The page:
Paul Neat: Losing a player of Dejan's quality would hurt any team, even more so because it was almost as if he was Mr. FC Seoul. The fans were extremely angry at first but this is football and life goes on; the team can't afford to dwell on what's happened and should be looking forward. 

BB:  The team enters the new season with a lot of question marks. Can you identify three factors which could lead the club in a positive direction?

PN: Certainly a good start to the campaign, first and foremost. Getting some good results in the first few rounds would help to steer the club in a positive direction because at the moment the general mood amongst the supporters appears to be quite low. A win on opening day down in Jeju would be most welcomed I am sure, and would go a long way in encouraging some of the fans who have been angered by the sale of key players to come back and support their team. Getting the fans back onside is really important and needs to be something that happens sooner rather than later.

There have been a good number of key players leaving but FC Seoul manager Hwang Sun-hong has always maintained that this winter was a period of transition and rebuilding. If the new players that Hwang has brought in hit the ground running then I am sure the under-fire gaffer will feel that his decisions have been justified, although I'm sure somewhat relieved also. Anderson Lopes is new to the League but Evandro did well for Daegu last season, if those two in particular can find their shooting boots then the fans will forget all about the negativity with new heroes in town.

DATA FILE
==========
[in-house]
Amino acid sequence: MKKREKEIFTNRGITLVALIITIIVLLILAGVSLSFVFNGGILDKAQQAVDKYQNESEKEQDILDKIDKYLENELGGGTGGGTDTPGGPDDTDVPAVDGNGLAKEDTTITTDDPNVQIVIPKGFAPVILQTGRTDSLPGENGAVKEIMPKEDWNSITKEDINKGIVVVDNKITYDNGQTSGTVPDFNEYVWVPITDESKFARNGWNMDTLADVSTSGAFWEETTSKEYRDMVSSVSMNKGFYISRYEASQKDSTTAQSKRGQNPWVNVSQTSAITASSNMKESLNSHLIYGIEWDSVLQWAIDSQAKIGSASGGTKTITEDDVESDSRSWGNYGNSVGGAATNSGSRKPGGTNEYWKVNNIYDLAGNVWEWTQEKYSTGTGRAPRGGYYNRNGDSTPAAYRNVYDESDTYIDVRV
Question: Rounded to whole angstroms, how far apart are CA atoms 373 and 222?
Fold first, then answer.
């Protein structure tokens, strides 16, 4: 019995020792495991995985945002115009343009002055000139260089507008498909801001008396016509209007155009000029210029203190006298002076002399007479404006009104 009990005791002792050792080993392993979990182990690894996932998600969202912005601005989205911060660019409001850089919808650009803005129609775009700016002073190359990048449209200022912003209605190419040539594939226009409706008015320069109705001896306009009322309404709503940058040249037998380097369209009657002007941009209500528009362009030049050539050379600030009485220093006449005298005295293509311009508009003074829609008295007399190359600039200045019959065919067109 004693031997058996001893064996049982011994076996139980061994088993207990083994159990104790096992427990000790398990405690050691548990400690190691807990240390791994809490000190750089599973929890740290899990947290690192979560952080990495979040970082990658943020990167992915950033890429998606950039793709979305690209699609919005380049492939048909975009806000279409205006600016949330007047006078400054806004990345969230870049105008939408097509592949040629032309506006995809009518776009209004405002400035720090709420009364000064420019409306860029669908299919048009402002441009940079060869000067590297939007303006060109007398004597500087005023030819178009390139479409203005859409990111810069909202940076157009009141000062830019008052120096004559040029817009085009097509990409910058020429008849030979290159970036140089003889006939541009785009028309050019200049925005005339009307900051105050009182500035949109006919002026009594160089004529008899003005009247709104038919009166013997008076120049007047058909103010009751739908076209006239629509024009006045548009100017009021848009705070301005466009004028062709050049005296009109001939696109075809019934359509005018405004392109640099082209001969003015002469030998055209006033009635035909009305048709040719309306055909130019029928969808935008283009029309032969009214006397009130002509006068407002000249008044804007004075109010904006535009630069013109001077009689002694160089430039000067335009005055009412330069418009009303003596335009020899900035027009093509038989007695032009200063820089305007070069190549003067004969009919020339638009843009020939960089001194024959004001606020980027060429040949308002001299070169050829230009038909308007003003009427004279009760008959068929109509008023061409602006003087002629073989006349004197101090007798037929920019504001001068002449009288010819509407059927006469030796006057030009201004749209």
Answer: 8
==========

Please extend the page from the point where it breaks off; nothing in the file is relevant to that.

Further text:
Thirdly, the manager needs to have a long hard look at himself and stop blaming others for the team's misfortunes. If he can put personal feelings to one side and think about the good of the team and the club he might just be able to create an atmosphere within the dressing room akin to the one which he had at Pohang Steelers where he did the double in 2013. Thus far, despite winning the league in 2016, this isn't the Hwang Sun-hong that FC Seoul fans were expecting.

BB: What is to be expected this season in your honest opinion?  Are those expectations realistic?  Why or why not?

PN: First and foremost the team needs to get back into the AFC Champions League. They deservedly missed out last season, despite their destiny being in the own hands heading into the last Super Match of 2017. It would be premature to talk about title challenges but Seoul should be looking to finish at least third and getting into ACL contention and then see what happens thereafter. I think that's definitely a realistic expectation.

BB: The clubs met a total of four times last season - three times in the regular season and once in the championship round.  The first two matches were goalless draws while Seoul won the other two matches.  Do you think this will also be the trend this year?

PN: I am sure FC Seoul fans will be hoping for a record similar to that one! It would be difficult to say at this stage but if Seoul can at least get draws away from home and pick up wins in front of their own supporters against the bigger sides, Jeju United included, then Seoul might find themselves in contention. Jeju are a good team and have already played some competitive matches this season whereas Seoul haven't so United might feel that they are the more prepared team for this first match.

BB: Could you give us your predictions for the match?

PN: I think Seoul will set up in a 4-1-4-1 formation and will be looking to attack. With Evandro, Anderson Lopes and Park Chuyoung in Seoul's forward line, it may hint at a more fluid front three and could be hard for Jeju to deal with I will go for a 2-1 Seoul win with a debut goal for Evandro. I'd also expect debuts for Cho Young-wook and Kim Seong-jun whether it be from the start or off the bench.